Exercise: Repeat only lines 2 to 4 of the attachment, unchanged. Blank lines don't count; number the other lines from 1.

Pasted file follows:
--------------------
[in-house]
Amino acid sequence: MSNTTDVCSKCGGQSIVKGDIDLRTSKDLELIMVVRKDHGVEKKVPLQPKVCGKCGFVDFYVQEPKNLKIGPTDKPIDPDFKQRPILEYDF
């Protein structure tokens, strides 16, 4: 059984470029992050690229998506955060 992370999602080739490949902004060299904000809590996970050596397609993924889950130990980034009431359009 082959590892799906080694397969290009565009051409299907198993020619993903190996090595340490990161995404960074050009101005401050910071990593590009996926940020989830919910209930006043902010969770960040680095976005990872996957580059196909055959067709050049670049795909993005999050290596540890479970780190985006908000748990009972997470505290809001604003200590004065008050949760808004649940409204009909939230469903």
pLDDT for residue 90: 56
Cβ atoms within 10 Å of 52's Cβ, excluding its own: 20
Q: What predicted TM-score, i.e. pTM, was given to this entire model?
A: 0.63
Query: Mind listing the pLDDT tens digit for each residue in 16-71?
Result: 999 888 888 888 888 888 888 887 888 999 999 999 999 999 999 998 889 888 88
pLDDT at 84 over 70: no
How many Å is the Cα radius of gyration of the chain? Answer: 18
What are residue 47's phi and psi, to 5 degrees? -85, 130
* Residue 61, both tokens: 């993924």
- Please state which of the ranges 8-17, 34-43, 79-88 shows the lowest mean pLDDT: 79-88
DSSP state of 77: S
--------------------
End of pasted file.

Amino acid sequence: MSNTTDVCSKCGGQSIVKGDIDLRTSKDLELIMVVRKDHGVEKKVPLQPKVCGKCGFVDFYVQEPKNLKIGPTDKPIDPDFKQRPILEYDF
């Protein structure tokens, strides 16, 4: 059984470029992050690229998506955060 992370999602080739490949902004060299904000809590996970050596397609993924889950130990980034009431359009 082959590892799906080694397969290009565009051409299907198993020619993903190996090595340490990161995404960074050009101005401050910071990593590009996926940020989830919910209930006043902010969770960040680095976005990872996957580059196909055959067709050049670049795909993005999050290596540890479970780190985006908000748990009972997470505290809001604003200590004065008050949760808004649940409204009909939230469903």
pLDDT for residue 90: 56